Thanks for your suggestions, I'll try them out and let you know how it goes.
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#12 Old 06-22-2005, 05:33 AM
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ashie:



yes, sometimes it's called 'butterfly pose.' the problem with learning the terms only in english is that the english names of things vary greatly. I remember taking a kali ray tri yoga class and having the teacher day "swan pose! no, swan pose! no, i said, swan pose!" and i was going--what f'in swan pose. Then, i saw that the class was doing ado muke eka pada kapotasana which is downward facing, one-leg pidgeon pose (one of the prep poses that brahmacharya mentions). we were supposed to be practicing with eyes closed, so prior to looking, i couldn't see. Commonly, this posture is called 'pidgeon pose' and most people avoid the sanskrit.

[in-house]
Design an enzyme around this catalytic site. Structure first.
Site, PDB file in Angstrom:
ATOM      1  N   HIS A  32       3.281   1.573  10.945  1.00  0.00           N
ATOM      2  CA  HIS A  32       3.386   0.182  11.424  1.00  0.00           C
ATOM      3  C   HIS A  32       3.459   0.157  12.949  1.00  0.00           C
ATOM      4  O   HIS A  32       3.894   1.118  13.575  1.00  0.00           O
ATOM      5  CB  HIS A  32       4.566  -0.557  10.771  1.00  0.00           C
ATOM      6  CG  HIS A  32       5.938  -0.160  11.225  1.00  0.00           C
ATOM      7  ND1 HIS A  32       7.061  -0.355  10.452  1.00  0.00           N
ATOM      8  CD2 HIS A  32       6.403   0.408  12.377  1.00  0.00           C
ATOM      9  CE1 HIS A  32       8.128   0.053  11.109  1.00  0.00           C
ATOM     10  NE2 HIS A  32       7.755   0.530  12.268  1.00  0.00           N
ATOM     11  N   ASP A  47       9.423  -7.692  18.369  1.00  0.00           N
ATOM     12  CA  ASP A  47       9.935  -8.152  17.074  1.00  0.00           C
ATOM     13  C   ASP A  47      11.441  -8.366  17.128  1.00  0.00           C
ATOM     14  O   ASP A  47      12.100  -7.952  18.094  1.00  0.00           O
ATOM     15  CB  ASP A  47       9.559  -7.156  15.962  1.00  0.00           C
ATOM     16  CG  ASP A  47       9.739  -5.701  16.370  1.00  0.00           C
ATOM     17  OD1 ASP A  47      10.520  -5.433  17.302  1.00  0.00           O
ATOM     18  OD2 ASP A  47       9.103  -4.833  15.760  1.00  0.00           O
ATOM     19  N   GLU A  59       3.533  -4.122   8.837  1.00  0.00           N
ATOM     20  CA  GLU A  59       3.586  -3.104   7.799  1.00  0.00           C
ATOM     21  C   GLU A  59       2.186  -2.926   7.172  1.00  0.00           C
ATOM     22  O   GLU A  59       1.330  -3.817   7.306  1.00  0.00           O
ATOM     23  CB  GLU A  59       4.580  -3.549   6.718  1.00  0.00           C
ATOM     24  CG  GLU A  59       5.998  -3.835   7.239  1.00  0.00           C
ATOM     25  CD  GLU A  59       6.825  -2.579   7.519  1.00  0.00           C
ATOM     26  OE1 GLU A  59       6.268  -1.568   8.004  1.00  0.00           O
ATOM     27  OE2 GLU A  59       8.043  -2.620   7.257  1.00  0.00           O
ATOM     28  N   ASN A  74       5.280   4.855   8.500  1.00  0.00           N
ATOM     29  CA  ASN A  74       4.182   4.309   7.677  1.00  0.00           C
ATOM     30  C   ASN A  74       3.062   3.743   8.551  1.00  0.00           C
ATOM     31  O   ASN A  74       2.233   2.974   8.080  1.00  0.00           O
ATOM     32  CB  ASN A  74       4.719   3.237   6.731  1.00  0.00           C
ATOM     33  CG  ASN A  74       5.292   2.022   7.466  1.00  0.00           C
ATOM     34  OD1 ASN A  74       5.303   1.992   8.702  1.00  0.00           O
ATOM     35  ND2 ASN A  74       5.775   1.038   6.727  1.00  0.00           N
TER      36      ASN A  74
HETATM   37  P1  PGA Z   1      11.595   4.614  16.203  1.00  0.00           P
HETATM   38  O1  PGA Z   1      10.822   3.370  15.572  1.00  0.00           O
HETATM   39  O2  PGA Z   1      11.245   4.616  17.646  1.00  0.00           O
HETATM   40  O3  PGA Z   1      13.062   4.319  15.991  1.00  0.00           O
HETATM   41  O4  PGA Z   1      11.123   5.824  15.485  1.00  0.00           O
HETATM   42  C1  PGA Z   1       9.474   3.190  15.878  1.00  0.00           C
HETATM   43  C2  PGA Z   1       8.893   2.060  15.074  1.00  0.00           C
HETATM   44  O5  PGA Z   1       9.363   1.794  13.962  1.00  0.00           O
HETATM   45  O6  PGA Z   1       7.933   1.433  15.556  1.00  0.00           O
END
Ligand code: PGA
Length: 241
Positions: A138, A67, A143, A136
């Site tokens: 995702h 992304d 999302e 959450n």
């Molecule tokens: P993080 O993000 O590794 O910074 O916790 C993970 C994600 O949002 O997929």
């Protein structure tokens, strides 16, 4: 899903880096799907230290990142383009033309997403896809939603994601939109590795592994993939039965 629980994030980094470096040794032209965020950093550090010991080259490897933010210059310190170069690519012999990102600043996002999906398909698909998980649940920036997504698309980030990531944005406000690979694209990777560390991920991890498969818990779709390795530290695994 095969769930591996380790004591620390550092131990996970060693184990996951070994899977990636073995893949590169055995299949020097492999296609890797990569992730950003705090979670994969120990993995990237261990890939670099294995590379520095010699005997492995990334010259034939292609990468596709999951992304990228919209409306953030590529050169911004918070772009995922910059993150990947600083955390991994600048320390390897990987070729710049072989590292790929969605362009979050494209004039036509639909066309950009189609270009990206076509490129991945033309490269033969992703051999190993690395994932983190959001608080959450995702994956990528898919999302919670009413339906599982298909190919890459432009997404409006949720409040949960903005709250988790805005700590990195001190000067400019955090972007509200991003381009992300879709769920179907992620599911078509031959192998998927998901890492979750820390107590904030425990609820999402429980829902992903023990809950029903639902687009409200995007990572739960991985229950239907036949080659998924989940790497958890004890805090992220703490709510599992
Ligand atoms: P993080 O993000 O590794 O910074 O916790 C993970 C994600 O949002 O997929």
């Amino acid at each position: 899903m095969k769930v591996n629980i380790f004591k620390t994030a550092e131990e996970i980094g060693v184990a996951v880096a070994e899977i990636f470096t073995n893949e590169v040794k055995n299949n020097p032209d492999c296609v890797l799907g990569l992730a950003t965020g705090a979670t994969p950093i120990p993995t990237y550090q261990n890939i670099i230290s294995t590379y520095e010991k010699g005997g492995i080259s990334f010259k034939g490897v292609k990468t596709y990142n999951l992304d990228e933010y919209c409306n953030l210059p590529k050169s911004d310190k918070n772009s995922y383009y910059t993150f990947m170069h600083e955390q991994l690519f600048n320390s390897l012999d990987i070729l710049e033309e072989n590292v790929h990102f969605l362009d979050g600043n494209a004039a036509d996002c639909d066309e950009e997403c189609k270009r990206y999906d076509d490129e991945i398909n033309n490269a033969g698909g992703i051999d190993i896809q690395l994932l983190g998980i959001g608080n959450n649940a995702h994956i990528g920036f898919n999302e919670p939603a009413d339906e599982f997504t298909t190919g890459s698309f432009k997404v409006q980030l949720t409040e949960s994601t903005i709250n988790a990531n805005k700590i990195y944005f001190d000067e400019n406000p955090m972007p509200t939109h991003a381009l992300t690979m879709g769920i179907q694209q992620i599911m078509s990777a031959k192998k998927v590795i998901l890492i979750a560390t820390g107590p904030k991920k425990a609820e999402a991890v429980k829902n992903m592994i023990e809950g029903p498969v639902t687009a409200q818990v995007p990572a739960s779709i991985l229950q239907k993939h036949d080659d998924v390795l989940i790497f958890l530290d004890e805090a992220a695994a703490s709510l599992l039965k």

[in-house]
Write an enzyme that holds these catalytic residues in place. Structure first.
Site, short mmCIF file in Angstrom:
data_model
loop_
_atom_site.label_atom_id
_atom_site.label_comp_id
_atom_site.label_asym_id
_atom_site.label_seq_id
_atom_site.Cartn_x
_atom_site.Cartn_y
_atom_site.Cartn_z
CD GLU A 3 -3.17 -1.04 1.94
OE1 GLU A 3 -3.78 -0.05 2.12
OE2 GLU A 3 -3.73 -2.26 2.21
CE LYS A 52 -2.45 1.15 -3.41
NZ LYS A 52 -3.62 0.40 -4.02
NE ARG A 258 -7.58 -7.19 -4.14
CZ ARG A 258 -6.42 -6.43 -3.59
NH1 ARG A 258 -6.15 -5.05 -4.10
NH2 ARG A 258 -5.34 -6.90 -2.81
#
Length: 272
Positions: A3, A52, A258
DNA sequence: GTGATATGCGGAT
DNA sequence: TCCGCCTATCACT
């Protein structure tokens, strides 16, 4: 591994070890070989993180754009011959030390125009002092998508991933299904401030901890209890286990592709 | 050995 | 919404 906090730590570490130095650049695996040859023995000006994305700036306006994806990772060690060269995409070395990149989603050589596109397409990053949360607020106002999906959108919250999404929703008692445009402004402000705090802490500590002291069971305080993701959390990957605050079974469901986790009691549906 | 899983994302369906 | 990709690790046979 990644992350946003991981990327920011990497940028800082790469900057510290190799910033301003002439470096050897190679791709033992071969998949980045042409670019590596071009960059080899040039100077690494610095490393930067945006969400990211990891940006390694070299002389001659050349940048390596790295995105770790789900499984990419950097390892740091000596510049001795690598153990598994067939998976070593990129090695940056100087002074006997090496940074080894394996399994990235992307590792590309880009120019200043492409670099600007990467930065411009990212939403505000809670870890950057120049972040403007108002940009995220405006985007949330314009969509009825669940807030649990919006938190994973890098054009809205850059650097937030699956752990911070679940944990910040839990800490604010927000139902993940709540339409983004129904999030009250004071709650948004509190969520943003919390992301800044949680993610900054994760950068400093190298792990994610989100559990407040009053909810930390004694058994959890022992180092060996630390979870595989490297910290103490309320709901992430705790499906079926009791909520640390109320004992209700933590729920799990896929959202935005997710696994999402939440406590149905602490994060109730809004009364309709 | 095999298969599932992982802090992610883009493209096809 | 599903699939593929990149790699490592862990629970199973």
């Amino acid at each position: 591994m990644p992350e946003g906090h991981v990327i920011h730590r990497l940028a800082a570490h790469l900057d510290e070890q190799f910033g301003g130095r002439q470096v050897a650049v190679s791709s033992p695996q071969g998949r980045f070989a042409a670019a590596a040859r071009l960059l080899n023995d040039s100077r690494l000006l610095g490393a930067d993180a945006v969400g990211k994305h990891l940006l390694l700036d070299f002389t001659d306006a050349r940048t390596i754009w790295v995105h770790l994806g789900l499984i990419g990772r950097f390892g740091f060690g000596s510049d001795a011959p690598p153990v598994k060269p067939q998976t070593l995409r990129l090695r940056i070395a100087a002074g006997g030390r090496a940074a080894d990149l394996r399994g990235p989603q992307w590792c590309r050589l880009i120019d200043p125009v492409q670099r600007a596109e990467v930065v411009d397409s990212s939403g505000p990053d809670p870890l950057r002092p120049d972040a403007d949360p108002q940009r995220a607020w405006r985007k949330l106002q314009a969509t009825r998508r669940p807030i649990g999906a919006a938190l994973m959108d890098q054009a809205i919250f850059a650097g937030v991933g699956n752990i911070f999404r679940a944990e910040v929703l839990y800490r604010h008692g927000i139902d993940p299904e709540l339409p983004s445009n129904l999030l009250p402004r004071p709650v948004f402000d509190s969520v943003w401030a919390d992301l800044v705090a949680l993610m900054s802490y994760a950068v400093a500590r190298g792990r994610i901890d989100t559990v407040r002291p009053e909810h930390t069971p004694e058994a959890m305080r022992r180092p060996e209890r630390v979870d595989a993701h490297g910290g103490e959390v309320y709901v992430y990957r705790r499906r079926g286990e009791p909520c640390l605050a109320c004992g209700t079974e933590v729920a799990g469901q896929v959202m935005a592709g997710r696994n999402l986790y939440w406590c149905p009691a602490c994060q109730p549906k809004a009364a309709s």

So, using the sanskrit is helpful when you have people from different traditions coming together to talk poses. But, even this can be difficult, as different schools will use different sanskrit names. YOu may have noted that above with viparita karani. similarly, one term may be used for a class of postures or a group of postures, such as in the case of viparita karani as well as raja kapotasana. And, even more interesting are the more modern developments in yoga, where the teacher gives it a name and then tries to work backwards into the sanskrit. An example of this is "fire log pose" or "double pidgeon" or "double head to knee pose"--which are "agnistambhasana," "dwi pada kapotasana," and "dwi pada janu sirsasana." As a teacher, i felt it was important to choose a sanskrit name that i felt was most appropriate, and so came up with an argument to support why i felt it was most appropriate. In speaking with teachers who developed these sanskrit names, most were entirely frustrated that i would debate them on why another name was better. I have chosen "agnistambhasana" as the most appropriate name because the other two refer to specific alignment points that are not reached or dealt with in the posture. agnistambhasana also deals with an idea that can have far-reaching, practical spiritual/esoteric uses, and i've explored that greatly as well. Also, it seems most closely related to an ancient posture by that name, even though the alignment is slightly different, the overall shape is the same, and so are the physical and energetic areas that are worked.